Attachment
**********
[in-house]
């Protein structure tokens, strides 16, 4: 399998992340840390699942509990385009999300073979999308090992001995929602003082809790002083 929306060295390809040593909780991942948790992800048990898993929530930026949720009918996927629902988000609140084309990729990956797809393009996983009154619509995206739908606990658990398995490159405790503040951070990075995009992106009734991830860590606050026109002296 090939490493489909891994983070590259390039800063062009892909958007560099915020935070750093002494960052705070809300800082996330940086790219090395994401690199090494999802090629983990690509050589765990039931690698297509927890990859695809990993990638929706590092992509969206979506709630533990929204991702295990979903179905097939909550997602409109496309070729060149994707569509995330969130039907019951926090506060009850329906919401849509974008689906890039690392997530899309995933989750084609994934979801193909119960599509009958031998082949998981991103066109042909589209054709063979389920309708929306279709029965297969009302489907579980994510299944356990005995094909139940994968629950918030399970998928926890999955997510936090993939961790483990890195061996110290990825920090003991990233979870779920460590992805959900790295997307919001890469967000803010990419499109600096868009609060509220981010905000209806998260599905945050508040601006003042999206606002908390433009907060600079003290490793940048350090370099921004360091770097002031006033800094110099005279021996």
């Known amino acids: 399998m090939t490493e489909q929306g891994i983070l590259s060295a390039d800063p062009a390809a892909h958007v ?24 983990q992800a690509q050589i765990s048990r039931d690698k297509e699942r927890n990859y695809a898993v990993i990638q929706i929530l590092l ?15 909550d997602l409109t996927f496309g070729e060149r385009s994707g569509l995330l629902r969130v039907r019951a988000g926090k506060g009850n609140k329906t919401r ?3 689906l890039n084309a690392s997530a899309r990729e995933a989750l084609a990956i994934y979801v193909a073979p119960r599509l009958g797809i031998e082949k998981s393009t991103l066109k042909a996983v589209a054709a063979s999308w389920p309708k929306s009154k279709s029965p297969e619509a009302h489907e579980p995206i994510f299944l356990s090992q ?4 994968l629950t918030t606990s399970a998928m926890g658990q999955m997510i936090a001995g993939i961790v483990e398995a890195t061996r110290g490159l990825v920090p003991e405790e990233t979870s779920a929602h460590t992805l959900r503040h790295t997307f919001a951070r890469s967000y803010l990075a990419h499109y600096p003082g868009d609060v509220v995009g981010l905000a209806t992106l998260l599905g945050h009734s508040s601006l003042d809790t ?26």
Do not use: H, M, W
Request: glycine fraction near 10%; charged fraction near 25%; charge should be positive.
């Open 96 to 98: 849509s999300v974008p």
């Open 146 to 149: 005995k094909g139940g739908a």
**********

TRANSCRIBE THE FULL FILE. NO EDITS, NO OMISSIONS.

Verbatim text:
[in-house]
């Protein structure tokens, strides 16, 4: 399998992340840390699942509990385009999300073979999308090992001995929602003082809790002083 929306060295390809040593909780991942948790992800048990898993929530930026949720009918996927629902988000609140084309990729990956797809393009996983009154619509995206739908606990658990398995490159405790503040951070990075995009992106009734991830860590606050026109002296 090939490493489909891994983070590259390039800063062009892909958007560099915020935070750093002494960052705070809300800082996330940086790219090395994401690199090494999802090629983990690509050589765990039931690698297509927890990859695809990993990638929706590092992509969206979506709630533990929204991702295990979903179905097939909550997602409109496309070729060149994707569509995330969130039907019951926090506060009850329906919401849509974008689906890039690392997530899309995933989750084609994934979801193909119960599509009958031998082949998981991103066109042909589209054709063979389920309708929306279709029965297969009302489907579980994510299944356990005995094909139940994968629950918030399970998928926890999955997510936090993939961790483990890195061996110290990825920090003991990233979870779920460590992805959900790295997307919001890469967000803010990419499109600096868009609060509220981010905000209806998260599905945050508040601006003042999206606002908390433009907060600079003290490793940048350090370099921004360091770097002031006033800094110099005279021996």
């Known amino acids: 399998m090939t490493e489909q929306g891994i983070l590259s060295a390039d800063p062009a390809a892909h958007v ?24 983990q992800a690509q050589i765990s048990r039931d690698k297509e699942r927890n990859y695809a898993v990993i990638q929706i929530l590092l ?15 909550d997602l409109t996927f496309g070729e060149r385009s994707g569509l995330l629902r969130v039907r019951a988000g926090k506060g009850n609140k329906t919401r ?3 689906l890039n084309a690392s997530a899309r990729e995933a989750l084609a990956i994934y979801v193909a073979p119960r599509l009958g797809i031998e082949k998981s393009t991103l066109k042909a996983v589209a054709a063979s999308w389920p309708k929306s009154k279709s029965p297969e619509a009302h489907e579980p995206i994510f299944l356990s090992q ?4 994968l629950t918030t606990s399970a998928m926890g658990q999955m997510i936090a001995g993939i961790v483990e398995a890195t061996r110290g490159l990825v920090p003991e405790e990233t979870s779920a929602h460590t992805l959900r503040h790295t997307f919001a951070r890469s967000y803010l990075a990419h499109y600096p003082g868009d609060v509220v995009g981010l905000a209806t992106l998260l599905g945050h009734s508040s601006l003042d809790t ?26």
Do not use: H, M, W
Request: glycine fraction near 10%; charged fraction near 25%; charge should be positive.
């Open 96 to 98: 849509s999300v974008p």
């Open 146 to 149: 005995k094909g139940g739908a």